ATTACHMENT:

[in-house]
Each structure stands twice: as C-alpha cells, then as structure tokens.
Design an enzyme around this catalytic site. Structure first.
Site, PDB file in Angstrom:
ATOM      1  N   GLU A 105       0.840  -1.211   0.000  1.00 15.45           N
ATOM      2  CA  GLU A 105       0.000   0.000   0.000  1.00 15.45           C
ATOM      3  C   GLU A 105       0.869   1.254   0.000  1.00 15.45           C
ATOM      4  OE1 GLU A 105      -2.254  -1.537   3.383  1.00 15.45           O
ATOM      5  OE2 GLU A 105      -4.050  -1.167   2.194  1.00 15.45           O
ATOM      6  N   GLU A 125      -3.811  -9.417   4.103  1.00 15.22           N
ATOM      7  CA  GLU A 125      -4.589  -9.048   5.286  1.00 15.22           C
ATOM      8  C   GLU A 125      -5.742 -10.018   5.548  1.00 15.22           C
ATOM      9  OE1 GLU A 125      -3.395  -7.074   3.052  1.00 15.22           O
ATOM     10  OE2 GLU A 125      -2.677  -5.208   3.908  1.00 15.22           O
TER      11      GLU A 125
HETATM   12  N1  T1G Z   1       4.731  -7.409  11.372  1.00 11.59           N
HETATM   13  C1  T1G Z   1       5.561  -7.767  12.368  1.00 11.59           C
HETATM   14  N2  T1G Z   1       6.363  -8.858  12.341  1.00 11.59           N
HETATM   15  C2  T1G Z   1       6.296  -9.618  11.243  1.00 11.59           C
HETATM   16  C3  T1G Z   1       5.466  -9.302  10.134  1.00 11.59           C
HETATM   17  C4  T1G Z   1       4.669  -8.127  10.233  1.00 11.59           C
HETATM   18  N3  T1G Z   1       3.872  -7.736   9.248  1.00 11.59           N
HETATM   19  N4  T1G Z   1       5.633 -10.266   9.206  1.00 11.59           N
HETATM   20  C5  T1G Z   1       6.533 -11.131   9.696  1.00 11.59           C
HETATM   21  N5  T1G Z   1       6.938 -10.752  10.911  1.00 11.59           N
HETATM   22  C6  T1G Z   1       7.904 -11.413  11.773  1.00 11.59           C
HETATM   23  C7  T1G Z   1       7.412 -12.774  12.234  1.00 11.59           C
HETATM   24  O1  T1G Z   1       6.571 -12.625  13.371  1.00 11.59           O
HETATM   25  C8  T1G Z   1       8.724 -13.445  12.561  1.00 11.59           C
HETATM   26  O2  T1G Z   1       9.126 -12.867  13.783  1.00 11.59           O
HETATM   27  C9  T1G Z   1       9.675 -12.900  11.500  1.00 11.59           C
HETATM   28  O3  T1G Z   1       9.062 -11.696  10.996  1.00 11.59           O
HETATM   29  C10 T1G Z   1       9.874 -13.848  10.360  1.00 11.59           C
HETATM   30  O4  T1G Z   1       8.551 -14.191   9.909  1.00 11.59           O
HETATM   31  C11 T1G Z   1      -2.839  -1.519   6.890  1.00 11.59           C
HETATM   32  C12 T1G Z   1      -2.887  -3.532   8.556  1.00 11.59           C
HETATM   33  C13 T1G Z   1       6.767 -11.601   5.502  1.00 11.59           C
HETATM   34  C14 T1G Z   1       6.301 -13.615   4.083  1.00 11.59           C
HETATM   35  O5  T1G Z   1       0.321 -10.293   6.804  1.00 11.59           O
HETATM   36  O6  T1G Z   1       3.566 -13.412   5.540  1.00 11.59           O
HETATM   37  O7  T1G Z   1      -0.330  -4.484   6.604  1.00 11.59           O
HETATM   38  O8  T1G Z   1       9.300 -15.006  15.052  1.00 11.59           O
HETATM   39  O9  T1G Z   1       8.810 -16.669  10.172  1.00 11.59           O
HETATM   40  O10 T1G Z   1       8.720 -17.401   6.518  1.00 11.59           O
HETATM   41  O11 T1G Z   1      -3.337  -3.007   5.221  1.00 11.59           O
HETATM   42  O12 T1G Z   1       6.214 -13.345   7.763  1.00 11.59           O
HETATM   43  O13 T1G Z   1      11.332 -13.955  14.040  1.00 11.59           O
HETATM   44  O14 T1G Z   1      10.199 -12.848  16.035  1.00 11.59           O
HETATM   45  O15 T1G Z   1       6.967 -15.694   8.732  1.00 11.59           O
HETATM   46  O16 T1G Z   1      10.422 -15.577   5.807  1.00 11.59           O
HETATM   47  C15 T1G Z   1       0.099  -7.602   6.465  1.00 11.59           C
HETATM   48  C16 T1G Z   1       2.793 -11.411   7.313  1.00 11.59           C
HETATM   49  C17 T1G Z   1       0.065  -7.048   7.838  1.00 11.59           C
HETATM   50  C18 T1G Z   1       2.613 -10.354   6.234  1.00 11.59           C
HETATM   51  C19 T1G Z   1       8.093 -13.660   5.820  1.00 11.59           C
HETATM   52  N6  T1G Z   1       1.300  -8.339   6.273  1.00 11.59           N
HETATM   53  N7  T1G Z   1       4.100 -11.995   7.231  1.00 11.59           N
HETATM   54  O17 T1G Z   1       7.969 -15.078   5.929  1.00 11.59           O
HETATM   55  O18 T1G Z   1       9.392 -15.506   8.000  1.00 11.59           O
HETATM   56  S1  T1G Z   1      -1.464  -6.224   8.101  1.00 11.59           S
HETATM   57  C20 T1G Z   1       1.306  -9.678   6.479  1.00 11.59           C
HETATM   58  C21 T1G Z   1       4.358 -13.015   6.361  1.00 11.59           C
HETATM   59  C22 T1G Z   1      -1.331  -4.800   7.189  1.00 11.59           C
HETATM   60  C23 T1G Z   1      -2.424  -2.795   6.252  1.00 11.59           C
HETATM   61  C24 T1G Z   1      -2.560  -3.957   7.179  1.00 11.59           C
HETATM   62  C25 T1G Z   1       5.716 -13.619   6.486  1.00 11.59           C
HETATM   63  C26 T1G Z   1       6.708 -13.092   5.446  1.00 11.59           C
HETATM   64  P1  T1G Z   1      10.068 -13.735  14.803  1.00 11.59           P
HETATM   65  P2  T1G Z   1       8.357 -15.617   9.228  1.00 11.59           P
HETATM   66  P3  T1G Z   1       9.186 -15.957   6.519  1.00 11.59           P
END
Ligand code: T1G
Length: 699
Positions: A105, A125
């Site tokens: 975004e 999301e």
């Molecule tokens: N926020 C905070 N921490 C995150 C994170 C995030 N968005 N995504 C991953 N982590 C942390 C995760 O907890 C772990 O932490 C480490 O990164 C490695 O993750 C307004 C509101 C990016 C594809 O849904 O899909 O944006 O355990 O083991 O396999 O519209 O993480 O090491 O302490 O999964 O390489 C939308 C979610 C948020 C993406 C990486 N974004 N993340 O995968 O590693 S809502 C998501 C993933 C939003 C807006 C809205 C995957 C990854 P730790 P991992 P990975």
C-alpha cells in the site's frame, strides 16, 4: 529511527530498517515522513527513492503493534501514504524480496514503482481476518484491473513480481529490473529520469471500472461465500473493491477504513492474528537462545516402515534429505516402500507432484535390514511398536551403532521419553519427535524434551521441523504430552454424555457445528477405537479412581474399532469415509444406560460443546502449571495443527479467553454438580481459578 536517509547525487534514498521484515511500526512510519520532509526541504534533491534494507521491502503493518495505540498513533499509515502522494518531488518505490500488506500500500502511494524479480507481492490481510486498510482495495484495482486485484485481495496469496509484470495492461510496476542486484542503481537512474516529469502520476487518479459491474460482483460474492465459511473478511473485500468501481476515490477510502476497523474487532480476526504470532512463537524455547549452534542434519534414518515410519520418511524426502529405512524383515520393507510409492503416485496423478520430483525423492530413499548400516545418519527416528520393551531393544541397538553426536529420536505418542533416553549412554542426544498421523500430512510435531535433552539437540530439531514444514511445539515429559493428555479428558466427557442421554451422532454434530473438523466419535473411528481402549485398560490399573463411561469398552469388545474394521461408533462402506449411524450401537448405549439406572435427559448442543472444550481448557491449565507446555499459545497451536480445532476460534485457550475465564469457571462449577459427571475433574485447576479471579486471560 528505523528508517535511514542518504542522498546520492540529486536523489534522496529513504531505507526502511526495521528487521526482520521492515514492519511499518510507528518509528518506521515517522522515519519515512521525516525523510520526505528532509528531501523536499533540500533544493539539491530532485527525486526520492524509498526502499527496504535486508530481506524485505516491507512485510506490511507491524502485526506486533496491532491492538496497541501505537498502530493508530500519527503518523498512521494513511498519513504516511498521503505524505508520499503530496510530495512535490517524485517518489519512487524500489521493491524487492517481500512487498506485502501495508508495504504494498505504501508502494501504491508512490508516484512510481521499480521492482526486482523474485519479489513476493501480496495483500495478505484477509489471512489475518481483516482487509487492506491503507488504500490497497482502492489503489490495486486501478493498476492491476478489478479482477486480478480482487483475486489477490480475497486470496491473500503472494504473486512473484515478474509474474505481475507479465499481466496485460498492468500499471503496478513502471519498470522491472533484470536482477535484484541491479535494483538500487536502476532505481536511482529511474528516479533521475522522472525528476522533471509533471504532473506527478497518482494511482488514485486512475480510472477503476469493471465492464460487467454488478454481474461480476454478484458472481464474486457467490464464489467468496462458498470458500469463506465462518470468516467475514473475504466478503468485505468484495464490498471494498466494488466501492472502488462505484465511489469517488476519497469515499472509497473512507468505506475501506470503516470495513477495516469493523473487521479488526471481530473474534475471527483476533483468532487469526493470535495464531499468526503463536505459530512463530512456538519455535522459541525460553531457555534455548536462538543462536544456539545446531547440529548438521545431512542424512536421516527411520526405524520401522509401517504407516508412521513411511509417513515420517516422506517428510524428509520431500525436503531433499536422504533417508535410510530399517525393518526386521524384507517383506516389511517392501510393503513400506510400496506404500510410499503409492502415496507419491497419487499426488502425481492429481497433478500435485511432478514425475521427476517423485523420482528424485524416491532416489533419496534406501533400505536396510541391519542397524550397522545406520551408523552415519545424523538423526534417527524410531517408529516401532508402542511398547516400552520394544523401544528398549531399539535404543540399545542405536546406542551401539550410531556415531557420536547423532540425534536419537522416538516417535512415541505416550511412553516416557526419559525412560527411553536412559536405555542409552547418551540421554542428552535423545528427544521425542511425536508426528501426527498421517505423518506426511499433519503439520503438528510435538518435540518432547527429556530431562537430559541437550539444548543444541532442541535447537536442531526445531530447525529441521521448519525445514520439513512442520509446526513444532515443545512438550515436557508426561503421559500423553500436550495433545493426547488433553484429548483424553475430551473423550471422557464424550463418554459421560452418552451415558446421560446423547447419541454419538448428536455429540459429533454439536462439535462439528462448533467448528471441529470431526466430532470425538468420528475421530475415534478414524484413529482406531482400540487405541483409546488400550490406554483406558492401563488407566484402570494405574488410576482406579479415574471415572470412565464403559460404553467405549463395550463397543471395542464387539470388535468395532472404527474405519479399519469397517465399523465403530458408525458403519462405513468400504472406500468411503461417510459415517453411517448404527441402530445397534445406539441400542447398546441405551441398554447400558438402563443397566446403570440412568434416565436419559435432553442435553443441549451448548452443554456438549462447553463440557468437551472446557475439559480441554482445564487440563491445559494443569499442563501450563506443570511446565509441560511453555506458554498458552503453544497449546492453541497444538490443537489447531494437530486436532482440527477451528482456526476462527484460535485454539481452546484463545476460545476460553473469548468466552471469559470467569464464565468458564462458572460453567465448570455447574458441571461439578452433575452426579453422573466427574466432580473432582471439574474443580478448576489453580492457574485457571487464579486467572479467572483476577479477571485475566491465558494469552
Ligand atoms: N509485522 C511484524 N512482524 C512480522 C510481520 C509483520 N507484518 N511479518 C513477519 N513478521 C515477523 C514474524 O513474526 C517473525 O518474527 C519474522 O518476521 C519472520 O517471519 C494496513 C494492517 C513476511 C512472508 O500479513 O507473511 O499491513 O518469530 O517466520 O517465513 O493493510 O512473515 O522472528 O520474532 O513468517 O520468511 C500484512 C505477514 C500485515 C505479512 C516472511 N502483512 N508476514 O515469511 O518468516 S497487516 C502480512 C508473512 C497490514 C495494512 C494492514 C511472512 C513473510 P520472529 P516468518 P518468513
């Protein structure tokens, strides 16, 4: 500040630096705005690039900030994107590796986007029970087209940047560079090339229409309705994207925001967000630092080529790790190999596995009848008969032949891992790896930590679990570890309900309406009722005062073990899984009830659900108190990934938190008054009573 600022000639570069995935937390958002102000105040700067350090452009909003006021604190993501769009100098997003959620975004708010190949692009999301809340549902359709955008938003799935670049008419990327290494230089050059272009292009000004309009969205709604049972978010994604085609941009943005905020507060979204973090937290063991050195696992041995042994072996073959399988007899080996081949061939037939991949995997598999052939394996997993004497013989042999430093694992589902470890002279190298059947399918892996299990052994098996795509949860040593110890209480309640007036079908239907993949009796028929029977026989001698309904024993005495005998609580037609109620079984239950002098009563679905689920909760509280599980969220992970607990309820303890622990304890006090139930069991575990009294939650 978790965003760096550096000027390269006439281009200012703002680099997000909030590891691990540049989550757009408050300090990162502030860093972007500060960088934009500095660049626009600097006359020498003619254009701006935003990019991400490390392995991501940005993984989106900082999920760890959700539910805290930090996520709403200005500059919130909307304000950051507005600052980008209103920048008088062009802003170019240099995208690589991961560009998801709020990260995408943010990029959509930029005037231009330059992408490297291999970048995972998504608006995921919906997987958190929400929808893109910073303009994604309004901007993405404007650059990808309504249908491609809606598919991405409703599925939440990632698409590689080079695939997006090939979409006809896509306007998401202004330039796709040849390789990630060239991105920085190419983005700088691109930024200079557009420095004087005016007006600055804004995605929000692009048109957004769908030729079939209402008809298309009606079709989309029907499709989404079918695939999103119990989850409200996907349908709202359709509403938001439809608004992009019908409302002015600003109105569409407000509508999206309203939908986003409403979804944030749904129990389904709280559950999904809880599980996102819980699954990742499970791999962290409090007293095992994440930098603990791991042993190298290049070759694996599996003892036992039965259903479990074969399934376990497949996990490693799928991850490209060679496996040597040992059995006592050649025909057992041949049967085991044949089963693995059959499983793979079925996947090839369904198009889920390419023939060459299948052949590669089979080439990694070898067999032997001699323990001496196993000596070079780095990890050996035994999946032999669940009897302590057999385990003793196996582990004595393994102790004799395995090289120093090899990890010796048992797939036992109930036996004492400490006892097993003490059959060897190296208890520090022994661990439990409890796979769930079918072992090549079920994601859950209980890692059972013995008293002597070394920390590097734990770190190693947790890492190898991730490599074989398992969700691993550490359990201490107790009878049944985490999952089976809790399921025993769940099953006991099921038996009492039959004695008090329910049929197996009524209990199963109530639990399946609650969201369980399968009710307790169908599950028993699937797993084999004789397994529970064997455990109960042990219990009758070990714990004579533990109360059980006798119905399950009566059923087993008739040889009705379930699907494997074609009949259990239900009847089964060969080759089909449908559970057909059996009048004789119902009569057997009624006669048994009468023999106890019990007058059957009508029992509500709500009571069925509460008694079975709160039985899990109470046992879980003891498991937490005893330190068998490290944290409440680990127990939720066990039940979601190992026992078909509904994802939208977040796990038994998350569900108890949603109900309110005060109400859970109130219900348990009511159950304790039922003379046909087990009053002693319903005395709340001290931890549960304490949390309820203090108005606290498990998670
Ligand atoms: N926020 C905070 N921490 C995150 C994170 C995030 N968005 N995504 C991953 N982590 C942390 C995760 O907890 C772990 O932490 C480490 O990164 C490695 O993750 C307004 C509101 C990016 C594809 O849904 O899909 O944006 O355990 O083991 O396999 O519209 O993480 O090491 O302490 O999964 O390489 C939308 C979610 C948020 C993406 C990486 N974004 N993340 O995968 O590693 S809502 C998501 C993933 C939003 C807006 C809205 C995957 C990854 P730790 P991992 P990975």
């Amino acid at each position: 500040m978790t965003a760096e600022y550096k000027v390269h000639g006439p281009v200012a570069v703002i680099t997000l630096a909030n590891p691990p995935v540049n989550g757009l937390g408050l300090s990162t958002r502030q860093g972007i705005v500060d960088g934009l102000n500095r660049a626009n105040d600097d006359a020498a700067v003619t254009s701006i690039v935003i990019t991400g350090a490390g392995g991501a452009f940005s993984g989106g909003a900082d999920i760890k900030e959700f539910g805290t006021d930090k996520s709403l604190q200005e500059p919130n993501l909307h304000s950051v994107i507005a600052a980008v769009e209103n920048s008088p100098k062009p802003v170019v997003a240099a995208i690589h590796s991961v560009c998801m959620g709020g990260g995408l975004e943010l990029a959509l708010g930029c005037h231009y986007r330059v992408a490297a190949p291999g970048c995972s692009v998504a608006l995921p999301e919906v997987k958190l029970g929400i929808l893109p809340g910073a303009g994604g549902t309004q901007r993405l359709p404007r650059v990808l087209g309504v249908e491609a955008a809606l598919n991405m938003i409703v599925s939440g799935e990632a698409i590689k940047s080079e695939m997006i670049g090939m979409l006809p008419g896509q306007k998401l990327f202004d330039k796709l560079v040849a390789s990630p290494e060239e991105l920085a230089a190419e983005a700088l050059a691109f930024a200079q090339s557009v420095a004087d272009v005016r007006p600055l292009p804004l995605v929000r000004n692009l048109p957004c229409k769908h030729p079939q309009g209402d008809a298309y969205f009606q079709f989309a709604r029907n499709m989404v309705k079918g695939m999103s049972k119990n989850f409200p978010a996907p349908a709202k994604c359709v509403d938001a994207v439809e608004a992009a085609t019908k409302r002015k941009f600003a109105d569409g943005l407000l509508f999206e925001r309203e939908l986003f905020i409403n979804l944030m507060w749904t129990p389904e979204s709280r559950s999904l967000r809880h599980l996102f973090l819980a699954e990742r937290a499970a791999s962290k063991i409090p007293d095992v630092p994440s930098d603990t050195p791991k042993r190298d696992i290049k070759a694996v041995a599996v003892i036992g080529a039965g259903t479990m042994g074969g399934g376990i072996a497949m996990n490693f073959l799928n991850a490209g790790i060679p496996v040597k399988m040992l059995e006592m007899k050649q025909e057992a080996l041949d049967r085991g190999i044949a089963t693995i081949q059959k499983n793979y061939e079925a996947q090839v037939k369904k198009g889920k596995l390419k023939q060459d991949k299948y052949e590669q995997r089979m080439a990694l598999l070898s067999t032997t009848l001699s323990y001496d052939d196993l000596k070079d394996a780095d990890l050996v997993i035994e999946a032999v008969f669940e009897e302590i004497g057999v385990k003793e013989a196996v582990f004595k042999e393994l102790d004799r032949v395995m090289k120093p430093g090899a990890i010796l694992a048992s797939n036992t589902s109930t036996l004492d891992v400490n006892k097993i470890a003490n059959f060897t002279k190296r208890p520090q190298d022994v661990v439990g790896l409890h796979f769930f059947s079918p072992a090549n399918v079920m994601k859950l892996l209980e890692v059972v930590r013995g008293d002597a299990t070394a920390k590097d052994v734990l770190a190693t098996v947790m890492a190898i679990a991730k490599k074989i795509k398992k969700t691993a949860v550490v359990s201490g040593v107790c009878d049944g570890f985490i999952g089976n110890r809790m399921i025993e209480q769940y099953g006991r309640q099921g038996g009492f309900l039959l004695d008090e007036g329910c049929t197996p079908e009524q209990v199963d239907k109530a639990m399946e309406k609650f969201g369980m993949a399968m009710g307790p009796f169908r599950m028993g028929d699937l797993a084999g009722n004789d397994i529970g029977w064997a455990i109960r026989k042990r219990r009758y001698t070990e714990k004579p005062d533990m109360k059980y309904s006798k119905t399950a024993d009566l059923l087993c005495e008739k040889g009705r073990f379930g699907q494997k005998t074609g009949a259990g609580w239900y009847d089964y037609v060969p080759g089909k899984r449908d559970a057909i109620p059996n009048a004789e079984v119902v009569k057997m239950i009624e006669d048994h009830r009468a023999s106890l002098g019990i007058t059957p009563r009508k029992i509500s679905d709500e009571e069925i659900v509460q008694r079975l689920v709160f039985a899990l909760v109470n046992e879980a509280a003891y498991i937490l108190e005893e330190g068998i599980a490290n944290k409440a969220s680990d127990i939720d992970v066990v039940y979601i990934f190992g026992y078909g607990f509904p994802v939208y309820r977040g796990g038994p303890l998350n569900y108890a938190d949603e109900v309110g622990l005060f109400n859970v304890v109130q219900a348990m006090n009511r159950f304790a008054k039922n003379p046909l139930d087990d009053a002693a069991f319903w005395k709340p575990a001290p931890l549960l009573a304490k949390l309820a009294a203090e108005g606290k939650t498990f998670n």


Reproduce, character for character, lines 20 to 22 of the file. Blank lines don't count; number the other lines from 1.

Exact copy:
HETATM   16  C3  T1G Z   1       5.466  -9.302  10.134  1.00 11.59           C
HETATM   17  C4  T1G Z   1       4.669  -8.127  10.233  1.00 11.59           C
HETATM   18  N3  T1G Z   1       3.872  -7.736   9.248  1.00 11.59           N